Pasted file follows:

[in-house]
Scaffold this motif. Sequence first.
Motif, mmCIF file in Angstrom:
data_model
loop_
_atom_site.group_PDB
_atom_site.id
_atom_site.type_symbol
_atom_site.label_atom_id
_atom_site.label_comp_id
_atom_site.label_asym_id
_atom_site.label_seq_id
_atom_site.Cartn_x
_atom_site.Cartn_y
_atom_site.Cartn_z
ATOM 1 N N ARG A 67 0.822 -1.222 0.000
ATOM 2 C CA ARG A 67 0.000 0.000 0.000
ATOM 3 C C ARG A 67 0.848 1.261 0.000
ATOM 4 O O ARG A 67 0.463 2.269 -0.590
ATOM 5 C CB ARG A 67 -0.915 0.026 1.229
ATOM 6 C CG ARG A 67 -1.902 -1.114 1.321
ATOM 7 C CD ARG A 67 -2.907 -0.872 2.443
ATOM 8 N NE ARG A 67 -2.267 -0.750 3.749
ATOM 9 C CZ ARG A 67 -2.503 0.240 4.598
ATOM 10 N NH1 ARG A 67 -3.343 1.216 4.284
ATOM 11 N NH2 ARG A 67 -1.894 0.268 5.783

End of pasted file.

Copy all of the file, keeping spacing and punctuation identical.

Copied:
[in-house]
Scaffold this motif. Sequence first.
Motif, mmCIF file in Angstrom:
data_model
loop_
_atom_site.group_PDB
_atom_site.id
_atom_site.type_symbol
_atom_site.label_atom_id
_atom_site.label_comp_id
_atom_site.label_asym_id
_atom_site.label_seq_id
_atom_site.Cartn_x
_atom_site.Cartn_y
_atom_site.Cartn_z
ATOM 1 N N ARG A 67 0.822 -1.222 0.000
ATOM 2 C CA ARG A 67 0.000 0.000 0.000
ATOM 3 C C ARG A 67 0.848 1.261 0.000
ATOM 4 O O ARG A 67 0.463 2.269 -0.590
ATOM 5 C CB ARG A 67 -0.915 0.026 1.229
ATOM 6 C CG ARG A 67 -1.902 -1.114 1.321
ATOM 7 C CD ARG A 67 -2.907 -0.872 2.443
ATOM 8 N NE ARG A 67 -2.267 -0.750 3.749
ATOM 9 C CZ ARG A 67 -2.503 0.240 4.598
ATOM 10 N NH1 ARG A 67 -3.343 1.216 4.284
ATOM 11 N NH2 ARG A 67 -1.894 0.268 5.783